FanGraphs Baseball

Comments

RSS feed for comments on this post.

  1. My favorite baseball article in months, I absolutely love the swing contour graph, and showing how valuable a player without any other real skills can be. Any chance of having a swing contour for other players as a regular part of fangraphs?

    Comment by Dan — July 16, 2009 @ 12:16 pm

  2. Agree’d, awesome article.

    Comment by B — July 16, 2009 @ 12:31 pm

  3. Great stuff, but as a Mets fan I’d point out that Castillo hits in the 1-2 spot more than he does in the 8 spot. It makes no sense for pitcher no to throw strikes to him.

    But, I’ll give him credit with 2 strikes. The reason his contour expands to close to league average is obvious, but he also is able to foul off a ton of those pitches, waiting for the next ball to come.

    Comment by Pat Andriola — July 16, 2009 @ 12:42 pm

  4. I love the swing contour graph too. In fact it’s something I thought about when pitch f/x debuted but never got a chance to look that much into.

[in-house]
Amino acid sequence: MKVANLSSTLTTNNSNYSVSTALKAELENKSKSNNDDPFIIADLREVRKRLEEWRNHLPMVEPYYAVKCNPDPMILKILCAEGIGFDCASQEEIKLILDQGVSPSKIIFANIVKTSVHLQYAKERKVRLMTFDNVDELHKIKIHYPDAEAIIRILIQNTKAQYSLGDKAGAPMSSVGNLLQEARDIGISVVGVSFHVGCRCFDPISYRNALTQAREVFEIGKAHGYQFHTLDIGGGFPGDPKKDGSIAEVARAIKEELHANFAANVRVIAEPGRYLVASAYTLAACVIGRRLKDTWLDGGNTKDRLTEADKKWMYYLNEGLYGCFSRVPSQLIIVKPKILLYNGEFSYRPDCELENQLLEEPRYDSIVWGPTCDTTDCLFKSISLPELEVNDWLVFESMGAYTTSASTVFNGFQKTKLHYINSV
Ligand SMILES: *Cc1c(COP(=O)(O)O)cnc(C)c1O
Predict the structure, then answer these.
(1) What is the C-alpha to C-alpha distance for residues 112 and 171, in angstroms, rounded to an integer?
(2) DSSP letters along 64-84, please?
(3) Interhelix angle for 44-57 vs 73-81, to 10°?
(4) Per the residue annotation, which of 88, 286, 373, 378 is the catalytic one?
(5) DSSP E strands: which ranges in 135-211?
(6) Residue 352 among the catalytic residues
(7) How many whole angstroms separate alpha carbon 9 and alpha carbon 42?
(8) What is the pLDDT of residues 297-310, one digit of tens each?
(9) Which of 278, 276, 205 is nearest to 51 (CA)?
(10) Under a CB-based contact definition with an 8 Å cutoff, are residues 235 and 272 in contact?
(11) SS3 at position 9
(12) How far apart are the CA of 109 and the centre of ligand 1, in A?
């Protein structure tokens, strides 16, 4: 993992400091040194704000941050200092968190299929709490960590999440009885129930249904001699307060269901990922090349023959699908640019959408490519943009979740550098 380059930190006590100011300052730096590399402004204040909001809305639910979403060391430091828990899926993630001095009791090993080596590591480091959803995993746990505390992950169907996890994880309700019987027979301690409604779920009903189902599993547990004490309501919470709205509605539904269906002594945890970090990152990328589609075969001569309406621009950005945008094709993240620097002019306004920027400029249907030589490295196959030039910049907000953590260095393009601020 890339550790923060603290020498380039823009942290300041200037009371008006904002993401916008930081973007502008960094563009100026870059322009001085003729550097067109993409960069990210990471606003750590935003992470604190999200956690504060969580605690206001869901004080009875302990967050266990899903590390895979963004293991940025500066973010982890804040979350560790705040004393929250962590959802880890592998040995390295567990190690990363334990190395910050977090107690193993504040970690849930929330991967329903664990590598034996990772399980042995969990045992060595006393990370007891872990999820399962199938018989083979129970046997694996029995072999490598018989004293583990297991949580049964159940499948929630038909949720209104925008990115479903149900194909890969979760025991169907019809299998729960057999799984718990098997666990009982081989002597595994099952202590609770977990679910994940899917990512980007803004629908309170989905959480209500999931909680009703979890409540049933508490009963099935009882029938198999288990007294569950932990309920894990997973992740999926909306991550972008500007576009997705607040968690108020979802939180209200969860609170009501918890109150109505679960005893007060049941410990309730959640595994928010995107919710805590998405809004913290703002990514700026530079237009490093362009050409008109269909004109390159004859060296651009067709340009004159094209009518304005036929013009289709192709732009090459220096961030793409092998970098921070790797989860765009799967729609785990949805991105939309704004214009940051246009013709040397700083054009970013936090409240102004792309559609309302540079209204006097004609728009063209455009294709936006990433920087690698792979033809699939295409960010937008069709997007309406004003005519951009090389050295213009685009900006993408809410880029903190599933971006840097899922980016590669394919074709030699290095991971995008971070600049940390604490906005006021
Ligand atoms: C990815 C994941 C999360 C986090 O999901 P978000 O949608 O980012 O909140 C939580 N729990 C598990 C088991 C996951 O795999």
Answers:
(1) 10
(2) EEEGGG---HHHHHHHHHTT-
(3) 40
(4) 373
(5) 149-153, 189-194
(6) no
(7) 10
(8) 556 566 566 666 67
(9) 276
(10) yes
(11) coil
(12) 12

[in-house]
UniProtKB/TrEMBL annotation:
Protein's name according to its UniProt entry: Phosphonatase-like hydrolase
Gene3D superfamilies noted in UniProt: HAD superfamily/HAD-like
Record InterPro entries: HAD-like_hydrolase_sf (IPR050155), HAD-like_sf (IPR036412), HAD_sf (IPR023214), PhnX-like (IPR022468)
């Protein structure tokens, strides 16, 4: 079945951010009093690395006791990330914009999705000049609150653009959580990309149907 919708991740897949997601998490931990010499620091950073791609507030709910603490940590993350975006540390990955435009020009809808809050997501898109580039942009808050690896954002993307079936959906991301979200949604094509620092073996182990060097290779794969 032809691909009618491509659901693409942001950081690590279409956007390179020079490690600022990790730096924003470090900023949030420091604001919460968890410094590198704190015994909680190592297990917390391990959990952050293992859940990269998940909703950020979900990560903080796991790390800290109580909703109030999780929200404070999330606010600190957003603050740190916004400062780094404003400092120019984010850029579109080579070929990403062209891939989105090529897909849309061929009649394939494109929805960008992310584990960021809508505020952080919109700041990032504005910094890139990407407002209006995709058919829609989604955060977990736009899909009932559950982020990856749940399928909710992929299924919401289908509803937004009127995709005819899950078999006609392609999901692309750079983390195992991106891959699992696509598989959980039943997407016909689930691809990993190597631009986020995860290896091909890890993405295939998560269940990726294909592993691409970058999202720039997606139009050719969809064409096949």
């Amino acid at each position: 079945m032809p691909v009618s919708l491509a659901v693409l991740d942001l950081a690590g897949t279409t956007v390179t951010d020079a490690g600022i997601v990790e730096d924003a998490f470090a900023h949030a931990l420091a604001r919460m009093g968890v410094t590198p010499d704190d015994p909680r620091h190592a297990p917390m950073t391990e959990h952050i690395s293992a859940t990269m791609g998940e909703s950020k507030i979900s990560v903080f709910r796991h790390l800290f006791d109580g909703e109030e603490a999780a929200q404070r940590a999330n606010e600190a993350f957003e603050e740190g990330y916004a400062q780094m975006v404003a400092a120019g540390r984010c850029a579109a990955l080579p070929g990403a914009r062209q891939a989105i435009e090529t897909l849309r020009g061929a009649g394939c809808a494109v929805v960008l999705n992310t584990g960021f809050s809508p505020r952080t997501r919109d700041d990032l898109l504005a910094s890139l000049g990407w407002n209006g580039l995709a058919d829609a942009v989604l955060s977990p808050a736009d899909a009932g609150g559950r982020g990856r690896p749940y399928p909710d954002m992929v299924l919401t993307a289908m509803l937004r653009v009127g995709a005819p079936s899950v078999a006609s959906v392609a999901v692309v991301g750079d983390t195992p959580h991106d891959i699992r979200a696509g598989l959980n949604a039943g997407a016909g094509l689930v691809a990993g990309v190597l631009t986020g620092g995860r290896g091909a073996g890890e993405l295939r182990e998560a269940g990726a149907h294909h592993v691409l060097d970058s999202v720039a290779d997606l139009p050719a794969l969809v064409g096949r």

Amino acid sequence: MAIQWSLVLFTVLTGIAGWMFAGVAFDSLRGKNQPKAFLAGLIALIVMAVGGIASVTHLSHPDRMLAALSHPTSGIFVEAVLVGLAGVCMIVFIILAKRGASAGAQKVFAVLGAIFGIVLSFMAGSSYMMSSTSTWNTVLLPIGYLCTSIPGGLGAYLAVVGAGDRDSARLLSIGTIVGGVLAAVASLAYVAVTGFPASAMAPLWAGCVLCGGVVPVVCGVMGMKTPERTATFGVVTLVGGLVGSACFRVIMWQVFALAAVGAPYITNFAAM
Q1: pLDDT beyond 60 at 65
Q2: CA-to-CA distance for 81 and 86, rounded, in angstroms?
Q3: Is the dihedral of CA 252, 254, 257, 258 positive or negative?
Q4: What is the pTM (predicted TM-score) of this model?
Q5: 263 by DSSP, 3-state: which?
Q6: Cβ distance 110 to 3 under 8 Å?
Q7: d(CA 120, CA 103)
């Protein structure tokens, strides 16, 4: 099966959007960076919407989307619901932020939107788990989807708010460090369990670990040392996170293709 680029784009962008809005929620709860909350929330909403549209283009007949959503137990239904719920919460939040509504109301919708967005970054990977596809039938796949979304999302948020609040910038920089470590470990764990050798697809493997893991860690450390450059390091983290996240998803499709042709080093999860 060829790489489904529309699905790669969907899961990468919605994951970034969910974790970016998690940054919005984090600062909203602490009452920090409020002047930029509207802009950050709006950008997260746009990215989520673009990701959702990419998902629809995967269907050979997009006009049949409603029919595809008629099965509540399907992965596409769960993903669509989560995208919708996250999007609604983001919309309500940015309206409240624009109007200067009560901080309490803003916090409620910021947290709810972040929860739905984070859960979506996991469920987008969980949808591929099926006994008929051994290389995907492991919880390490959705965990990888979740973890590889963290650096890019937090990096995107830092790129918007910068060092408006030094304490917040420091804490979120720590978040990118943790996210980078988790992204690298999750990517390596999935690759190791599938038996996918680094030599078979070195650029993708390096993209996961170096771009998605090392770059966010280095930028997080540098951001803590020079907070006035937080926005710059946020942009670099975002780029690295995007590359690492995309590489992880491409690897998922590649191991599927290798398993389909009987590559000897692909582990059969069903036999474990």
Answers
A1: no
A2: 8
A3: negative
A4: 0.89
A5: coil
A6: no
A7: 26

I think swing contours for all batters would be amazingly cool to have on the site. I also think it would be really cool to see them broken down by pitch count, type of pitch, count, etc.

    The same thing for different pitchers but based on how all hitters react to their pitches would be awesome as well.

    Comment by Craig — July 16, 2009 @ 1:43 pm

  5. No wonder Jerry Manuel doesn’t like him. All those team killing walks.

    Comment by Joe R — July 16, 2009 @ 1:58 pm

  6. Great piece. Castillo also leads the league in fake bunt attempts. At least once per game he squares to bunt and pulls the bat away.

    Comment by NBH — July 16, 2009 @ 2:22 pm

  7. Clarification – he does this without any intention to actually bunt or swing the bat. He just squares, then pulls the bat back and takes the pitch…even if it is right down the middle.

    Comment by NBH — July 16, 2009 @ 2:24 pm

  8. Huh? Does he usually do that to lead off an at-bat or at other times in the at-bat?

    Comment by Dave Allen — July 16, 2009 @ 2:26 pm

  9. Dave, he does it at all times. He just does it to mess with the pitcher’s head. Anything to get him to throw it wildly. Strictly anecdotally, I’d say it’s semi-effective.

    Comment by Pat Andriola — July 16, 2009 @ 2:44 pm